Like Vanessa, Ashley had always wanted to work in healthcare; she just wasn’t sure exactly what that looked like for her when it came time to choose a major as an undergrad. To cover her bases, she decided to pursue a business management degree, figuring it could serve as a solid foundation for any area of healthcare she decided to pursue later. It wasn’t until her senior year that she started giving a nursing career any serious thought.
“I heard once that doctors diagnose; nurses heal. That always stuck with me — the idea of the care that nurses give and making an impact in the lives of adults and children,” she says. “That’s what really drew me — the care.”
From participating in on-site simulation and skills labs to networking with clinical instructors, Ashley says the Marian University online-based ABSN program in Indianapolis has helped her land — and excel at — her current career.
The aspect of the program that helped Ashley navigate the day-to-day patient care scenarios at her job the most was the simulation and skills lab. This portion of her nursing school education allowed her to have hands-on simulated nursing experiences that mimicked a hospital setting — real medical equipment and lifelike medical manikins and all.
“When you’re in school, you think, ‘oh, we’re just acting,’ but now that I am working, stuff happens and you’re by yourself for a minute, but everybody comes together and works together just like a simulation,” she says. “You’re practicing a real-world situation for when that day comes when you are faced with that certain situation.”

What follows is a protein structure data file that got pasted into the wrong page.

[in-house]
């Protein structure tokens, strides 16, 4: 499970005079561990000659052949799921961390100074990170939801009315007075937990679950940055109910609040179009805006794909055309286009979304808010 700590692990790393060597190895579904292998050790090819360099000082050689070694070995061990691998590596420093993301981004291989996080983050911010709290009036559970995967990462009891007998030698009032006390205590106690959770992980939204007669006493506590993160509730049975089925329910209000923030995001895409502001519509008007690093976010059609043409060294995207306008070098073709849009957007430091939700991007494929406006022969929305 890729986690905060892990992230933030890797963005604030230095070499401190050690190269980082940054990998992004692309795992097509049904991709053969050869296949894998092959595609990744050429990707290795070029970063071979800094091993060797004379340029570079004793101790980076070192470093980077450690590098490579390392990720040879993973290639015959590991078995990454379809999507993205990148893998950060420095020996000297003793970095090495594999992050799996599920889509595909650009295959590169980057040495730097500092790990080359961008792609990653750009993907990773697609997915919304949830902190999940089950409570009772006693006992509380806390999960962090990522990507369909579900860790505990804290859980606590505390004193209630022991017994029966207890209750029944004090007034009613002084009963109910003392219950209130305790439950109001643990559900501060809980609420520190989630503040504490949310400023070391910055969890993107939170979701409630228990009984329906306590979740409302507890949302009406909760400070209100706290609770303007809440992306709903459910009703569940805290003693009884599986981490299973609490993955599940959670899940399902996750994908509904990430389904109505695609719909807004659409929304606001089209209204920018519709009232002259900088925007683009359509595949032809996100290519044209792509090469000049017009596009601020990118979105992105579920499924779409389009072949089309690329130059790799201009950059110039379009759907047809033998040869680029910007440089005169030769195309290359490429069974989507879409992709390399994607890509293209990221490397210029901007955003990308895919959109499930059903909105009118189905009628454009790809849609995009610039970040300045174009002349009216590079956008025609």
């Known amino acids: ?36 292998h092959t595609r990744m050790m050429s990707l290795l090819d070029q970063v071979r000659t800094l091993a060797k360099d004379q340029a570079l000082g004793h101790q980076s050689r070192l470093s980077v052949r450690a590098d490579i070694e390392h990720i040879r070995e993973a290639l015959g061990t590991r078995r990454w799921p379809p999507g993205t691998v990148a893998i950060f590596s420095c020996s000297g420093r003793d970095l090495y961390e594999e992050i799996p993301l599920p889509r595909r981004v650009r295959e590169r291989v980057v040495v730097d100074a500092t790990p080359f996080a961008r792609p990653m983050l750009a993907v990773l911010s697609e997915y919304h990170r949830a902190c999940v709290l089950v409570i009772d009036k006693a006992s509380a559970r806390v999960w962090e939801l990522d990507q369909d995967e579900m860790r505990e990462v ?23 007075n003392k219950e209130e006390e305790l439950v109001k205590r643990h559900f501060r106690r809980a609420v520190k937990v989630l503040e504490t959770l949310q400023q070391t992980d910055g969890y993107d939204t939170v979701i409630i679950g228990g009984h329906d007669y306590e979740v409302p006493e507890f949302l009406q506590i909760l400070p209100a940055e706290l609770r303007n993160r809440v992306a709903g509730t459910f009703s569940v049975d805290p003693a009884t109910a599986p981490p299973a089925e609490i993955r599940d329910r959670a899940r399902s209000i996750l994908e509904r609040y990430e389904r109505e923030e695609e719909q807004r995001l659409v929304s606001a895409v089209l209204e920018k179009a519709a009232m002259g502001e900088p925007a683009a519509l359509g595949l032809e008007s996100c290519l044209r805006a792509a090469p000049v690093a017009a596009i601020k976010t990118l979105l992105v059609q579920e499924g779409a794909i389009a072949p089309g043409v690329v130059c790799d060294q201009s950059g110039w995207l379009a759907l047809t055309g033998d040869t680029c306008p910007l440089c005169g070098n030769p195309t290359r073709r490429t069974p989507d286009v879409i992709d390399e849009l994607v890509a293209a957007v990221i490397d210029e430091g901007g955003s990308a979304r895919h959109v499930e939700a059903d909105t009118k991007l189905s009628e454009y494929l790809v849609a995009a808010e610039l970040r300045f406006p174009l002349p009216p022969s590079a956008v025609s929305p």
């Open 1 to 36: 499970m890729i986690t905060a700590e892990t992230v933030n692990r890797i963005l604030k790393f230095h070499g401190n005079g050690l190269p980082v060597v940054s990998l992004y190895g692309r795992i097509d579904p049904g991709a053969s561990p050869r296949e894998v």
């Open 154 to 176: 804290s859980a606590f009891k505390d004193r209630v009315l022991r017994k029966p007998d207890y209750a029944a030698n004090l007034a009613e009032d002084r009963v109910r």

Ashley says our ABSN program’s clinical partnership with St. Vincent has been useful for her career, especially since she now works for a hospital within the same hospital network. With her end goal of launching a career in mind, she did what many of our students do: treat clinicals like a 16-month job interview.
“Every time we went into clinical we’d meet a new nurse. To me that was a new open door to network, to get to know, to ask them questions on what they think about St. Vincent,” she says. “Every time you go into a clinical, you have to have your best face on and be prepared because it could potentially be an interview.”
She points to following the fourth floor manager at Peyton Manning Children’s Hospital during her leadership clinical rotation as the perfect example of that.
“Being able to go to meetings, the managers saw my face. In one of my interviews with the PICU, the manager recognized me. I was able to tell her I followed the fourth floor manager and I’d been in meetings with her,” she says.
Ashley interviewed for her new graduate residency position at the PICU at Peyton Manning Children’s Hospital in June and received an offer in July — a full month before her graduation date.
“Before I graduated from nursing school I already had a job waiting for me,” she says. “It was very quick, and I was very excited about that.”
After starting her position that September, she continued studying for the NCLEX. She finished the test in 75 questions.
She says she felt so prepared and confident to take the exam large in part to the support she received from her instructors, but knows they’re not far away if she ever needs reassurance.
“As I become a more experienced nurse and I have questions, and need some encouragement, I without a doubt know I could reach out to certain professors and certain clinical instructors,” she says.
By earning a bachelor of science in nursing degree, you’re opening the door to several possible career paths. Which route will you follow? Contact an admissions advisor to find out how you can begin pursuing a rewarding career as a nurse, and how our accelerated BSN program can help you get there.